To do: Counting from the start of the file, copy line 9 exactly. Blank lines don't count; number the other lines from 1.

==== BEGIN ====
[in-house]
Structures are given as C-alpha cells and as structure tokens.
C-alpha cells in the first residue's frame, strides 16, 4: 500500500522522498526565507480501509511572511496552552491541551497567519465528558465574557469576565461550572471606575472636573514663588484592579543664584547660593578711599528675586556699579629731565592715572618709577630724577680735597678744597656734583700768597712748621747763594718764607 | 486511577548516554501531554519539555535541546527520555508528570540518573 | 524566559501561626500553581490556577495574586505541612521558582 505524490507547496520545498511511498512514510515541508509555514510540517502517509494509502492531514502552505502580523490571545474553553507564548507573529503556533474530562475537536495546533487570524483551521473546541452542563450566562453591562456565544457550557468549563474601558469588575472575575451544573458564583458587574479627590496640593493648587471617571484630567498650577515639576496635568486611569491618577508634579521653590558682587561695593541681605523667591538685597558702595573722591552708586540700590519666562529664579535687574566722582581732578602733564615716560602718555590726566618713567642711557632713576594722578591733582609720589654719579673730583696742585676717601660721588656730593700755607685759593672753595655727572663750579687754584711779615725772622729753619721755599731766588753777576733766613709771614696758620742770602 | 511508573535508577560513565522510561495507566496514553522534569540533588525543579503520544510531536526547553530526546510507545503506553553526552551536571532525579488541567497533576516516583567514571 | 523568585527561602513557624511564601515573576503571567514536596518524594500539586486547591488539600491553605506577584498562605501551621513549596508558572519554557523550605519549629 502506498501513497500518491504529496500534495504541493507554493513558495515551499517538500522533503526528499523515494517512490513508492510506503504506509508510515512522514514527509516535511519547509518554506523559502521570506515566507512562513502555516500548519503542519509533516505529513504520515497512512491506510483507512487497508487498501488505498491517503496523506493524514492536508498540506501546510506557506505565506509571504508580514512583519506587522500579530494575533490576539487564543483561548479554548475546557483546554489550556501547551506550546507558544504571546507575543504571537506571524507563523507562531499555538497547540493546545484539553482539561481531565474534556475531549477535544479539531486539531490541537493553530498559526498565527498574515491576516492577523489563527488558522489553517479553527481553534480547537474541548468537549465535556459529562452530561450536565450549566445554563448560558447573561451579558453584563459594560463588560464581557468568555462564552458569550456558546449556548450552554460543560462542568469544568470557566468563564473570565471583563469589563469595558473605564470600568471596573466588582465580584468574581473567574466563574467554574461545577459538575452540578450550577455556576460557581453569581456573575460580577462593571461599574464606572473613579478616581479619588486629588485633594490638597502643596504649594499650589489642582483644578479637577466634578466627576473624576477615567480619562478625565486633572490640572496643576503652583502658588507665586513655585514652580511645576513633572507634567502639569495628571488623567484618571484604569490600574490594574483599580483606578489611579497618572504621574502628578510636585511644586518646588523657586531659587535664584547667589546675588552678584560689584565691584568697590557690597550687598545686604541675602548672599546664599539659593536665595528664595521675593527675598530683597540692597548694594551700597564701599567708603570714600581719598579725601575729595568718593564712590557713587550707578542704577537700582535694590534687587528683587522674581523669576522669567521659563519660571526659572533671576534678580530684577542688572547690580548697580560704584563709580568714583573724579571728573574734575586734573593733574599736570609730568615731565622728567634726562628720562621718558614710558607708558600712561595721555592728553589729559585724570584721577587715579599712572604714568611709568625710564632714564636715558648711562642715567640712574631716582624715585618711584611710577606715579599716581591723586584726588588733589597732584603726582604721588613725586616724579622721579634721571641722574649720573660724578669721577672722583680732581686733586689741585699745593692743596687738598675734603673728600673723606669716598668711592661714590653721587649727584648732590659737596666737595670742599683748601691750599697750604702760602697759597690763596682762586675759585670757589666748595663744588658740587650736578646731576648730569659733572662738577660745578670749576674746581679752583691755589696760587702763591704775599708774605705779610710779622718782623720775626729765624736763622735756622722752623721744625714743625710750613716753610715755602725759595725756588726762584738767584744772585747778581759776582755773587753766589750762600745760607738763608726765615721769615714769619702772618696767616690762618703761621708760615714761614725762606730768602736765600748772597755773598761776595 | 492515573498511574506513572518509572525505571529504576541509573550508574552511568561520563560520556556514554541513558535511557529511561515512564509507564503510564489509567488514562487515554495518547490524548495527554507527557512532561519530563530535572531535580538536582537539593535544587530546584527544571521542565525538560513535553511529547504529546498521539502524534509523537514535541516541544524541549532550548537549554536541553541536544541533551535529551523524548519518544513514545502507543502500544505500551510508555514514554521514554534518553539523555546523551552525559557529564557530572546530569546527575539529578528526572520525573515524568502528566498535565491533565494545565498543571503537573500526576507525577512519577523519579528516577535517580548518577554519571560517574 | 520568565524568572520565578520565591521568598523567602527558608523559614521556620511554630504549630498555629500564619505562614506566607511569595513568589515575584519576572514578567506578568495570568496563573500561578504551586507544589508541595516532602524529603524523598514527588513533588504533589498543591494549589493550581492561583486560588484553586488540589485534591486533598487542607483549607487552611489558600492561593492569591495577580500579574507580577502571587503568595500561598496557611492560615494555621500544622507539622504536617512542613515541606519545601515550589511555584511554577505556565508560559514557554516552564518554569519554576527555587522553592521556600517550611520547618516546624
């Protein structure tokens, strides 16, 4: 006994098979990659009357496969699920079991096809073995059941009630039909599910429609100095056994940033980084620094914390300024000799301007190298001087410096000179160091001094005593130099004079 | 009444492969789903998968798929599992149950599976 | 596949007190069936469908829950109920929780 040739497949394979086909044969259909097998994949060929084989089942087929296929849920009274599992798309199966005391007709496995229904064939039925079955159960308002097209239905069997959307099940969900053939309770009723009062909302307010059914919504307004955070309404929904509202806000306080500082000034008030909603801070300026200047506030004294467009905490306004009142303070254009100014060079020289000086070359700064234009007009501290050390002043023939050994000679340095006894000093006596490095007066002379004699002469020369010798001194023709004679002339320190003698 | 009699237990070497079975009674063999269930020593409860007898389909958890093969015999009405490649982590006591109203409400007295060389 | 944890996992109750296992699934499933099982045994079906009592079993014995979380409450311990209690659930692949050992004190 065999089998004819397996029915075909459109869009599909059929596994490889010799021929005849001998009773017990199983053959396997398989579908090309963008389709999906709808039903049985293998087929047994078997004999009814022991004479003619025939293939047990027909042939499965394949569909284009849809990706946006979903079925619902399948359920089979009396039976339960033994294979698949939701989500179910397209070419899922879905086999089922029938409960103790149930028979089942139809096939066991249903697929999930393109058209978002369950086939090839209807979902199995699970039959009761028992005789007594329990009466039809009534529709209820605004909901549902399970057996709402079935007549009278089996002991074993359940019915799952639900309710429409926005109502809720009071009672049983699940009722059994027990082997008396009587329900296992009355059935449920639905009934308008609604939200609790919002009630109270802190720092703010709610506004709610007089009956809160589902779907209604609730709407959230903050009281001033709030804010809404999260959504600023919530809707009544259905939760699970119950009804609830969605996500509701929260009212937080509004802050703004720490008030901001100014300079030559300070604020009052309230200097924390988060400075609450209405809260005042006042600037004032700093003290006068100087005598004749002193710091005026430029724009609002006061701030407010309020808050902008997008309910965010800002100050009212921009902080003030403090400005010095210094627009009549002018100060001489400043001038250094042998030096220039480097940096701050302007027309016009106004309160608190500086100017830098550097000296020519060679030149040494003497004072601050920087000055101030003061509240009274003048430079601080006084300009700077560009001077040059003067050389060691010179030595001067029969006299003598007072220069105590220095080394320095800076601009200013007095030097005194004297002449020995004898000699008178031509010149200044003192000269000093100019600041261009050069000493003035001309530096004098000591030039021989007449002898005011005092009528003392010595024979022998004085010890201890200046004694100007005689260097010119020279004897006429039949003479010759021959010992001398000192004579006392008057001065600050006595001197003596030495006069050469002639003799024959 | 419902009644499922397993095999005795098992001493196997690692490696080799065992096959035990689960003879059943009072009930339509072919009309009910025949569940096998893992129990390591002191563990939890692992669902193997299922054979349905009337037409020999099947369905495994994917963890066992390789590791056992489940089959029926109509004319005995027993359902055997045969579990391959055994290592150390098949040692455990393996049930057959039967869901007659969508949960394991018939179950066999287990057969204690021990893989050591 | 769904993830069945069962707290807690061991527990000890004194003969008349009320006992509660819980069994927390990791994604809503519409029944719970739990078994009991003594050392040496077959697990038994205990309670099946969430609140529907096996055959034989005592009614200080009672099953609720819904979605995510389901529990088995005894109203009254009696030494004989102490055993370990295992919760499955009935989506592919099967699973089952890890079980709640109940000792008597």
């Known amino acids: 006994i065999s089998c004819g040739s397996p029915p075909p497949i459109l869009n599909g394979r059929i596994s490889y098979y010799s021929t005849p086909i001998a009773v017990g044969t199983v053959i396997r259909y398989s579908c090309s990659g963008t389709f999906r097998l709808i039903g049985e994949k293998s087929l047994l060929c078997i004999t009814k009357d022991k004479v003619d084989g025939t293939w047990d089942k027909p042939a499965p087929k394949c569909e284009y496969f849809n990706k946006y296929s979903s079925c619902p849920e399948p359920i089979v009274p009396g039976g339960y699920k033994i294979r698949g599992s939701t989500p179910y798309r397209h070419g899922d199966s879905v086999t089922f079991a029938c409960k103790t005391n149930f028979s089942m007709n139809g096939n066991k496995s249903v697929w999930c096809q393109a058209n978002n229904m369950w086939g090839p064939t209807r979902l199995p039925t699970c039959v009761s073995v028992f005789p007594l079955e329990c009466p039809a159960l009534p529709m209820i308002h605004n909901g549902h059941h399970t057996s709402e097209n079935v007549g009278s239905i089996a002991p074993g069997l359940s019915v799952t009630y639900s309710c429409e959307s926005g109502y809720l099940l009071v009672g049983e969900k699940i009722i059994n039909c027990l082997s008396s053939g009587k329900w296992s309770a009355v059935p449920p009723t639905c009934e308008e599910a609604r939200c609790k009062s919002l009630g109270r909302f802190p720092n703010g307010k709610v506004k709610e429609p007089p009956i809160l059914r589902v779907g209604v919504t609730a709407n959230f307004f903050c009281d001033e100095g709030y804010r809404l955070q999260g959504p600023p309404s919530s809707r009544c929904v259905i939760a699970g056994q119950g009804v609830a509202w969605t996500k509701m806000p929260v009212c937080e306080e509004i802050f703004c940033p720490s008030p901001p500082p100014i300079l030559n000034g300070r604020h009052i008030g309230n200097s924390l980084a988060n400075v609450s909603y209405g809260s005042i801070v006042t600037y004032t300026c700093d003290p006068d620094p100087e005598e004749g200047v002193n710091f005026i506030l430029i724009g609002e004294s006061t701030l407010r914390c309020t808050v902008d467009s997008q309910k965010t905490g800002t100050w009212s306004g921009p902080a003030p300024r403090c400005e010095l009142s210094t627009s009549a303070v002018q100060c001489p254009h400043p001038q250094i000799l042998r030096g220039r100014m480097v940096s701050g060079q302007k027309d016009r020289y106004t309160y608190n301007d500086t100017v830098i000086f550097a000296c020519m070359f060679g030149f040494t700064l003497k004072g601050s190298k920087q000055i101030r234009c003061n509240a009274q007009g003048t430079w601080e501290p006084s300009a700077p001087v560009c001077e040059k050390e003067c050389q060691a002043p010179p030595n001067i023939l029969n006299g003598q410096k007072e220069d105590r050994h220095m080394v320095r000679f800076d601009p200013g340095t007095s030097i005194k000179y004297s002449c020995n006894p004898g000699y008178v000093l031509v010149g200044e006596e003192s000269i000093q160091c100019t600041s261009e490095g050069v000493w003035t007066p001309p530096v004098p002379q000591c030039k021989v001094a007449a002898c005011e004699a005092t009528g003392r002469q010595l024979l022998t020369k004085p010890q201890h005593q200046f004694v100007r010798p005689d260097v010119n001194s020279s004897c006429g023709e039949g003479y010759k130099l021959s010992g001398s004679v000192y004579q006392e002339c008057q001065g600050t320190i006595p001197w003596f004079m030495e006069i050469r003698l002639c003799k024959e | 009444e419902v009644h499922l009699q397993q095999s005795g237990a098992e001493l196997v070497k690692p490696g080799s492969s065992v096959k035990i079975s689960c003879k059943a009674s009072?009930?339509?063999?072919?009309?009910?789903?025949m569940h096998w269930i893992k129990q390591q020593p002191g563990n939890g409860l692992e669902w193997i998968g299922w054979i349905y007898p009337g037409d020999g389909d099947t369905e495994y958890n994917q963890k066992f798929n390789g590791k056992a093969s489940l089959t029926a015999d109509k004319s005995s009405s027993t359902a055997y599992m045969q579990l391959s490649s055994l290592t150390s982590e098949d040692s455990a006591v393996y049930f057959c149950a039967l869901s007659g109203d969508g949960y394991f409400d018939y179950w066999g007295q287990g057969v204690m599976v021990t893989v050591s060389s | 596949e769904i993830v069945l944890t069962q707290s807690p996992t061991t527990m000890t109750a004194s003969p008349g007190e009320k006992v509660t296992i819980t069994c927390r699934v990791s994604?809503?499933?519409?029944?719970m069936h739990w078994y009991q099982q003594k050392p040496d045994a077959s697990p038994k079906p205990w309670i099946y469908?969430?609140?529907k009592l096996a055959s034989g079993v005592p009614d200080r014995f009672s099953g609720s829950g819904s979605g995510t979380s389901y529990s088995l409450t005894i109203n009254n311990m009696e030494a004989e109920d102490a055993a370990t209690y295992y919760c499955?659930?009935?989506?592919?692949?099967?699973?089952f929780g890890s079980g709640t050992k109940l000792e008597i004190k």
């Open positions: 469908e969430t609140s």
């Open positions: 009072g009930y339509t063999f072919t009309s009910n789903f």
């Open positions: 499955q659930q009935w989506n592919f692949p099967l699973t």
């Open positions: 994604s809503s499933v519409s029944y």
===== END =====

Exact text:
């Open positions: 994604s809503s499933v519409s029944y």